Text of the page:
Saturday, November 12, 2011
Snuff by Terry Pratchett
Hector is possibly the paragon of ideal Western Man: father and husband, diplomat and warrior. He defends his home and his snotty brother Paris (who I would have cheerfully handed over to Menelaus, but I digress), even though this leads to a grim and glorious death. Not an easy example to live up to, but being a man isn't easy, and being perfect is impossible.
Which brings me to Sam Vimes, Commander of the Watch of Ankh-Morpork and protagonist of Sir Terry Pratchett's latest Discworld novel Snuff. Sam is just a copper, through and through, a good man working in a world that is at best bloody complicated and at worst deadly and cruel. In Snuff, Sam's wife Sybil has insisted he take a holiday, and they head off into the countryside to Sybil's ancestral home Crundells. The holiday begins well enough, as Sam gets to know the countryside, taking Young Sam, his six year old son, out for fresh air and edifying nature activities, like studying animal poo (no, really). But something stinks in the country, beyond the poo, and soon enough, Sam has a murder on his hands. I'll leave the plot summary here. Suffice it to say, murder is only the start, and once again Sam finds himself attempting to obey that most demanding of mistresses, the Law (and also keep his wife happy).
I've you've never read a Discworld book, friend, you are in for a treat. Pratchett is one of the most gifted storytellers around. To some, stories of the Discworld are mere fantasy, fun genre fiction to read on a holiday and forget when you return. Those people are missing out. Yes, Discworld books are really fun, often side-splittingly funny -- Pratchett is an inveterate punster. They plots are quick and entertaining. But within the jokes and within the action, Pratchett's story often comment on some aspect of modern life, gently prodding readers to take a closer look at big issues like undocumented workers and exploitative business practices (Snuff), war (Jingo), pop culture (Moving Pictures, Soul Music and others), education (Equal Rites) soccer (Unseen Academicals) and commerce (Making Money). The stories aren't preachy -- Pratchett will always make a poo joke when the opportunity presents itself -- but they are complex, moving, funny and above all, they are fantastic.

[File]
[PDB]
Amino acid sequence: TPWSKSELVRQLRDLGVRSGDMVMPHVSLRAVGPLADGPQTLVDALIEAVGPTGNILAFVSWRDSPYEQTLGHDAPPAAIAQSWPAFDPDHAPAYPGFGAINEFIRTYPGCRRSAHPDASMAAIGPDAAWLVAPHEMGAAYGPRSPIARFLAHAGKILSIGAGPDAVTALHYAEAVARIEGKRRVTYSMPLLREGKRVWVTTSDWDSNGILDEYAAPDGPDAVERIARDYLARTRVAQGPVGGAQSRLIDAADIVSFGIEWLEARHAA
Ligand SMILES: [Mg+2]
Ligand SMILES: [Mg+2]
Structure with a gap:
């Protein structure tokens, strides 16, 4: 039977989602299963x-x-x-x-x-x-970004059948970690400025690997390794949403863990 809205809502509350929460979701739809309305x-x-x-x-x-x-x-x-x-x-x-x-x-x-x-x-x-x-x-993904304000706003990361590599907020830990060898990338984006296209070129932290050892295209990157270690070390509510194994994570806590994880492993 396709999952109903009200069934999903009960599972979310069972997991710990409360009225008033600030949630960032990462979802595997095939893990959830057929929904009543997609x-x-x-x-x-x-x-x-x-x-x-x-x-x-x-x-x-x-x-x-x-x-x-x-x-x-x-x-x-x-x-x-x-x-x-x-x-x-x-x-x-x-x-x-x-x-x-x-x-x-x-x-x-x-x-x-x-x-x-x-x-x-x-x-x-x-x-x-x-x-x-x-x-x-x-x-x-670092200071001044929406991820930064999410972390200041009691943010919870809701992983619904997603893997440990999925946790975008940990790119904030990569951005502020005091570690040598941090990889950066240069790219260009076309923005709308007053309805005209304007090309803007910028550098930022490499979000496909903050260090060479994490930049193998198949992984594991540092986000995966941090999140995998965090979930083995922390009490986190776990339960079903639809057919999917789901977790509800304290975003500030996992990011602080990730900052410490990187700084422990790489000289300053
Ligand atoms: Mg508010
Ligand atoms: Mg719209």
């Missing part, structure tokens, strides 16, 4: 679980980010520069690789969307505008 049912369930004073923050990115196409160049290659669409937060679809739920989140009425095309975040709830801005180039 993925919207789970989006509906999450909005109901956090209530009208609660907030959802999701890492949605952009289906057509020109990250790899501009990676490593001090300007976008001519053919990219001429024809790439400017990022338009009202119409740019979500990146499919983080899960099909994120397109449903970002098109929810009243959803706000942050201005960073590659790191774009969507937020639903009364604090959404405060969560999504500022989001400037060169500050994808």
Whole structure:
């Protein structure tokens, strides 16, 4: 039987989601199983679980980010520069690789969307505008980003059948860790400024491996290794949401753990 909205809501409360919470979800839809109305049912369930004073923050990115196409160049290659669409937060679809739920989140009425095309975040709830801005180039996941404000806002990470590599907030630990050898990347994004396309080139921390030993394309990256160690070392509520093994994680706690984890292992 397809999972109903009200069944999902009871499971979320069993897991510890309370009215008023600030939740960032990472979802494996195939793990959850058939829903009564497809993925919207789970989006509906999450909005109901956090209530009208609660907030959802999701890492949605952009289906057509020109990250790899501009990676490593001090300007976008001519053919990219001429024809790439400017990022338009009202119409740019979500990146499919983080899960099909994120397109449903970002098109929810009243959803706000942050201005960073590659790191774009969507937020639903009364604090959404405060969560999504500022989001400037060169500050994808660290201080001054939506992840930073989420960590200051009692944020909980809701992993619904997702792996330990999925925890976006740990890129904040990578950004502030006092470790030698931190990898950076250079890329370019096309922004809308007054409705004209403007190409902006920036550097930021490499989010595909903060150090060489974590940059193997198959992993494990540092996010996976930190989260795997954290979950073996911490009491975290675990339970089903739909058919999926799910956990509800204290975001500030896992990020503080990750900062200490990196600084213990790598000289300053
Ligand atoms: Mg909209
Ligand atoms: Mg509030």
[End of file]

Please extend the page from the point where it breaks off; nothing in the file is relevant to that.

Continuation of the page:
My favorite characters are Commander Vimes and the City Watch, with young witch Tiffany Aching a close second (start with The Wee Free Men, which includes a hilarious send-up of Braveheart). There are currently 39 Discworld books, beginning with The Colour of Magic, but feel free to start anywhere. I started with Jingo, a meditation on war that is sadly pertinent today (although the book is really funny). Sick of Twilight and its ilk? Read Carpe Jugulum. But do yourself a favor, really, and read them all.